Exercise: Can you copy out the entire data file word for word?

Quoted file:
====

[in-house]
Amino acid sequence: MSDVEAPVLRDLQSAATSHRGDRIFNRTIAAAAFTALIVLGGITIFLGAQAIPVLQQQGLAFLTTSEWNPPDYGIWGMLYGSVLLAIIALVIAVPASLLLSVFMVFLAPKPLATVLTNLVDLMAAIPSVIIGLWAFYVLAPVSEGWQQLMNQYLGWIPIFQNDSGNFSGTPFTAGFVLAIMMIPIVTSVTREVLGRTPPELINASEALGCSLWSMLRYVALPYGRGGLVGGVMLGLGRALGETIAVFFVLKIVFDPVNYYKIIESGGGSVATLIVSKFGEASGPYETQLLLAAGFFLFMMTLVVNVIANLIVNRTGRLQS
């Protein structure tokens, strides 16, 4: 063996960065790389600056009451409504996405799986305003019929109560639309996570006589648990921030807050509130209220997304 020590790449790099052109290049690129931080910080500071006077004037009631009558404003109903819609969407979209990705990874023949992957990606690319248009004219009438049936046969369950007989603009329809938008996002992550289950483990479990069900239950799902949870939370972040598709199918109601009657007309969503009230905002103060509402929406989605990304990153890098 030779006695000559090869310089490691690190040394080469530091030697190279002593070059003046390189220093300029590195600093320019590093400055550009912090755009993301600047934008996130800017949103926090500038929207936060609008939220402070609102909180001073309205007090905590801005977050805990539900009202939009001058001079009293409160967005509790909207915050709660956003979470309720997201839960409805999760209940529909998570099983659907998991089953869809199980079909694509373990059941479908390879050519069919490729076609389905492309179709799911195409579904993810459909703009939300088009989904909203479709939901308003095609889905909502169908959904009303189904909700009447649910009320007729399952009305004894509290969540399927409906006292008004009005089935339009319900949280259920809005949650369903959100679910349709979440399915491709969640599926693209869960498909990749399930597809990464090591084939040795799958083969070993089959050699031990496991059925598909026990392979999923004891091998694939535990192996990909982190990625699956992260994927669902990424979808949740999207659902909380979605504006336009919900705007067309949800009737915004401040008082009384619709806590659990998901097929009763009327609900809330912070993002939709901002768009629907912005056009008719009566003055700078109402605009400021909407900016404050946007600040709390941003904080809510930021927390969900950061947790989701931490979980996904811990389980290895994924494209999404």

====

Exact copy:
[in-house]
Amino acid sequence: MSDVEAPVLRDLQSAATSHRGDRIFNRTIAAAAFTALIVLGGITIFLGAQAIPVLQQQGLAFLTTSEWNPPDYGIWGMLYGSVLLAIIALVIAVPASLLLSVFMVFLAPKPLATVLTNLVDLMAAIPSVIIGLWAFYVLAPVSEGWQQLMNQYLGWIPIFQNDSGNFSGTPFTAGFVLAIMMIPIVTSVTREVLGRTPPELINASEALGCSLWSMLRYVALPYGRGGLVGGVMLGLGRALGETIAVFFVLKIVFDPVNYYKIIESGGGSVATLIVSKFGEASGPYETQLLLAAGFFLFMMTLVVNVIANLIVNRTGRLQS
């Protein structure tokens, strides 16, 4: 063996960065790389600056009451409504996405799986305003019929109560639309996570006589648990921030807050509130209220997304 020590790449790099052109290049690129931080910080500071006077004037009631009558404003109903819609969407979209990705990874023949992957990606690319248009004219009438049936046969369950007989603009329809938008996002992550289950483990479990069900239950799902949870939370972040598709199918109601009657007309969503009230905002103060509402929406989605990304990153890098 030779006695000559090869310089490691690190040394080469530091030697190279002593070059003046390189220093300029590195600093320019590093400055550009912090755009993301600047934008996130800017949103926090500038929207936060609008939220402070609102909180001073309205007090905590801005977050805990539900009202939009001058001079009293409160967005509790909207915050709660956003979470309720997201839960409805999760209940529909998570099983659907998991089953869809199980079909694509373990059941479908390879050519069919490729076609389905492309179709799911195409579904993810459909703009939300088009989904909203479709939901308003095609889905909502169908959904009303189904909700009447649910009320007729399952009305004894509290969540399927409906006292008004009005089935339009319900949280259920809005949650369903959100679910349709979440399915491709969640599926693209869960498909990749399930597809990464090591084939040795799958083969070993089959050699031990496991059925598909026990392979999923004891091998694939535990192996990909982190990625699956992260994927669902990424979808949740999207659902909380979605504006336009919900705007067309949800009737915004401040008082009384619709806590659990998901097929009763009327609900809330912070993002939709901002768009629907912005056009008719009566003055700078109402605009400021909407900016404050946007600040709390941003904080809510930021927390969900950061947790989701931490979980996904811990389980290895994924494209999404």